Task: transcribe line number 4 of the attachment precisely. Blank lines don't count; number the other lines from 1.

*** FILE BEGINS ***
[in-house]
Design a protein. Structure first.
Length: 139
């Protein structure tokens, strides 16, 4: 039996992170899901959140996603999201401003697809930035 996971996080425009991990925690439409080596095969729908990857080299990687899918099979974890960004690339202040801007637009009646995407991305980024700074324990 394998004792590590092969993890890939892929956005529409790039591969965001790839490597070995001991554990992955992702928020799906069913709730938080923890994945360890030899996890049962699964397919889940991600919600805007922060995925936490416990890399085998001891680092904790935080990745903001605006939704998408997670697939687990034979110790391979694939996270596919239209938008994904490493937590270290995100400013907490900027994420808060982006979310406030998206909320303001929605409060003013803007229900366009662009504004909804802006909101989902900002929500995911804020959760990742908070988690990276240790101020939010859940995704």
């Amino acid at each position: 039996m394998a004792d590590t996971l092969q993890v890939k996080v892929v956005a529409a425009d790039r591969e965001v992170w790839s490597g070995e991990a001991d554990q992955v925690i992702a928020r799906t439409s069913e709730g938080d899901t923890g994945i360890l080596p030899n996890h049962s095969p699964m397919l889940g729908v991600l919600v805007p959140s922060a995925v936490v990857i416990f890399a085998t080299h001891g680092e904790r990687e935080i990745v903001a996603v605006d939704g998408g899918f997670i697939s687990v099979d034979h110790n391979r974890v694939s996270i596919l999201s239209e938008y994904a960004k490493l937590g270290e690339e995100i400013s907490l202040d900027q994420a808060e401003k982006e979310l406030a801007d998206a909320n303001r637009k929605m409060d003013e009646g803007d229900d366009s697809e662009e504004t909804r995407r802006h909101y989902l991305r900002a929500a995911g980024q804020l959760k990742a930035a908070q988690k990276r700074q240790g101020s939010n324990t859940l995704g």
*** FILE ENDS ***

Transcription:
């Protein structure tokens, strides 16, 4: 039996992170899901959140996603999201401003697809930035 996971996080425009991990925690439409080596095969729908990857080299990687899918099979974890960004690339202040801007637009009646995407991305980024700074324990 394998004792590590092969993890890939892929956005529409790039591969965001790839490597070995001991554990992955992702928020799906069913709730938080923890994945360890030899996890049962699964397919889940991600919600805007922060995925936490416990890399085998001891680092904790935080990745903001605006939704998408997670697939687990034979110790391979694939996270596919239209938008994904490493937590270290995100400013907490900027994420808060982006979310406030998206909320303001929605409060003013803007229900366009662009504004909804802006909101989902900002929500995911804020959760990742908070988690990276240790101020939010859940995704």